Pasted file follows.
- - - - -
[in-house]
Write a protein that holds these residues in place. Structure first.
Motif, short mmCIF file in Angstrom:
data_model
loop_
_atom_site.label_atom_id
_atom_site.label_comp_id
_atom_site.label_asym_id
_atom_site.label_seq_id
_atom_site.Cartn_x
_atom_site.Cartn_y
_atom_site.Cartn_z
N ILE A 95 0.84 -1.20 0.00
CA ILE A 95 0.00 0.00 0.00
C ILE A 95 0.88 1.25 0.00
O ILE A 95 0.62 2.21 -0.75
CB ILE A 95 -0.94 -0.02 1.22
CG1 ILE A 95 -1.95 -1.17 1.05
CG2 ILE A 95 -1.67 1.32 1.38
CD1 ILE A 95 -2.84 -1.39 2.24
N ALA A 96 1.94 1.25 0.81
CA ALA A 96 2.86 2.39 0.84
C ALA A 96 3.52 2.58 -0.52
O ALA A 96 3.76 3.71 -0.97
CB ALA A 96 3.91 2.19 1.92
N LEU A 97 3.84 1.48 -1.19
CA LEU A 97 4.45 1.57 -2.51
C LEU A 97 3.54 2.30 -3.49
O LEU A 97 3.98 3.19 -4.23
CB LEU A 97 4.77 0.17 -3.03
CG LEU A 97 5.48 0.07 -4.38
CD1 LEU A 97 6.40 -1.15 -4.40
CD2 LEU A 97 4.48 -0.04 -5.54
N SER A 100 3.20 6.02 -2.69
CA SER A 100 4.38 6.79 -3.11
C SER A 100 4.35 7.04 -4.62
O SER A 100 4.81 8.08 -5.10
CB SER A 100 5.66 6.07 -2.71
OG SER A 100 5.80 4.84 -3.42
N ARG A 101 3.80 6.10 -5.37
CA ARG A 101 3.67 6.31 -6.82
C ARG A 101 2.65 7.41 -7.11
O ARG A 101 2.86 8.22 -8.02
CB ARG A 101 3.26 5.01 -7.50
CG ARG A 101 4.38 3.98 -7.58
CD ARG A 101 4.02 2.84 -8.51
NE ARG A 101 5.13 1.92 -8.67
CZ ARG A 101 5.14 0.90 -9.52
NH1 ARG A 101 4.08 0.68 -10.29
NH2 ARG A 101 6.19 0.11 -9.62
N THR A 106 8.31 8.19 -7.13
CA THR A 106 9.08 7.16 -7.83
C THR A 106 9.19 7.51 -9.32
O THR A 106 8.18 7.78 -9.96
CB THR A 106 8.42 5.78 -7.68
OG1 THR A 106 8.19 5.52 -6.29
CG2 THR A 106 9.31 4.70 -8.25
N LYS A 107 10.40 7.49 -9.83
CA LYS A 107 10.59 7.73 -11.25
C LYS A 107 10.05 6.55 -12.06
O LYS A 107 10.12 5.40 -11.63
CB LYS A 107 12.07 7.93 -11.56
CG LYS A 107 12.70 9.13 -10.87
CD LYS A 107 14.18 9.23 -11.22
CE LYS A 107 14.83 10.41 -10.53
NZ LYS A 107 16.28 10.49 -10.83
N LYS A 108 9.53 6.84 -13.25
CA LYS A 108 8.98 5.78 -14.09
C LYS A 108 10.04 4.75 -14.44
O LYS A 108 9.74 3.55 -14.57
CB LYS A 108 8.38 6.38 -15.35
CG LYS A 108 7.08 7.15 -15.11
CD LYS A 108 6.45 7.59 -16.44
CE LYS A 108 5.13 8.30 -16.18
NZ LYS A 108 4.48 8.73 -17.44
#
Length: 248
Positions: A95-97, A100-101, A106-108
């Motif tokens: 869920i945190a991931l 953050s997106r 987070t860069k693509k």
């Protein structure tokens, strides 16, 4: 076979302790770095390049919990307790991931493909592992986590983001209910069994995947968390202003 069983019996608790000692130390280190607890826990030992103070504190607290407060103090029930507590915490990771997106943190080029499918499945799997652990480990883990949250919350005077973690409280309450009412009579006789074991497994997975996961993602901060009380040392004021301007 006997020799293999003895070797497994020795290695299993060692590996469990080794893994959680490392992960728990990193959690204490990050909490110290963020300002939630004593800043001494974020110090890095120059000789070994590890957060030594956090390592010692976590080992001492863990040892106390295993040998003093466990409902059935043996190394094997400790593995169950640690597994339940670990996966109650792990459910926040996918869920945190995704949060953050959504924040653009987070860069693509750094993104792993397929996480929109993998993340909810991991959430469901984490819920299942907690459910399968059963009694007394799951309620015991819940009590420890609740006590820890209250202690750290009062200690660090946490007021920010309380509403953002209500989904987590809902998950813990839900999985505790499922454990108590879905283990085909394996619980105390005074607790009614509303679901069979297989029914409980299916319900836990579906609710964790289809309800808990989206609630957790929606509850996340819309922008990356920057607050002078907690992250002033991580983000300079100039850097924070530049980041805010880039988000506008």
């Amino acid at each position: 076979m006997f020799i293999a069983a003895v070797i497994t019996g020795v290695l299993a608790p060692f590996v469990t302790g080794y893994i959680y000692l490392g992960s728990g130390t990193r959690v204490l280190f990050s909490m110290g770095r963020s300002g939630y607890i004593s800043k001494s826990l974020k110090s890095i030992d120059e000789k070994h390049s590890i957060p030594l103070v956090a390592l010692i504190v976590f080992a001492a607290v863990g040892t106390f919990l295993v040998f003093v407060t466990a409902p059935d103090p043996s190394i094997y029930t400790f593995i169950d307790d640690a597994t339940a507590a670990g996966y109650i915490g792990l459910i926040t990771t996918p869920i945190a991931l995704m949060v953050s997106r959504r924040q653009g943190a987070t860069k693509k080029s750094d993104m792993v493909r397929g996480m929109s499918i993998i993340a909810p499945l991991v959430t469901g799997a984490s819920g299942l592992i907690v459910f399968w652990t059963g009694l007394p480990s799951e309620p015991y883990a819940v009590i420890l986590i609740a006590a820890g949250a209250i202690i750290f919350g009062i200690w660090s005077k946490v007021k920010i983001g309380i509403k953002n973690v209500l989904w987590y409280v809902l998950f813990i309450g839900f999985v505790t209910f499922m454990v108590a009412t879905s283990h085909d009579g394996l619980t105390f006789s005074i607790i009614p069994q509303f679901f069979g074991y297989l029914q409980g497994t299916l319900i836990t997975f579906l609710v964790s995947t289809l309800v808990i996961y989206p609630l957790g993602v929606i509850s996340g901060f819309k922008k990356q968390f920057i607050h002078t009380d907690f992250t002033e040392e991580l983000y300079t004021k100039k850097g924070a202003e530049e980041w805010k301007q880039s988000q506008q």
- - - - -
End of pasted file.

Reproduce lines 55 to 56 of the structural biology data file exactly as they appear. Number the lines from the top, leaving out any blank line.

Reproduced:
CB THR A 106 8.42 5.78 -7.68
OG1 THR A 106 8.19 5.52 -6.29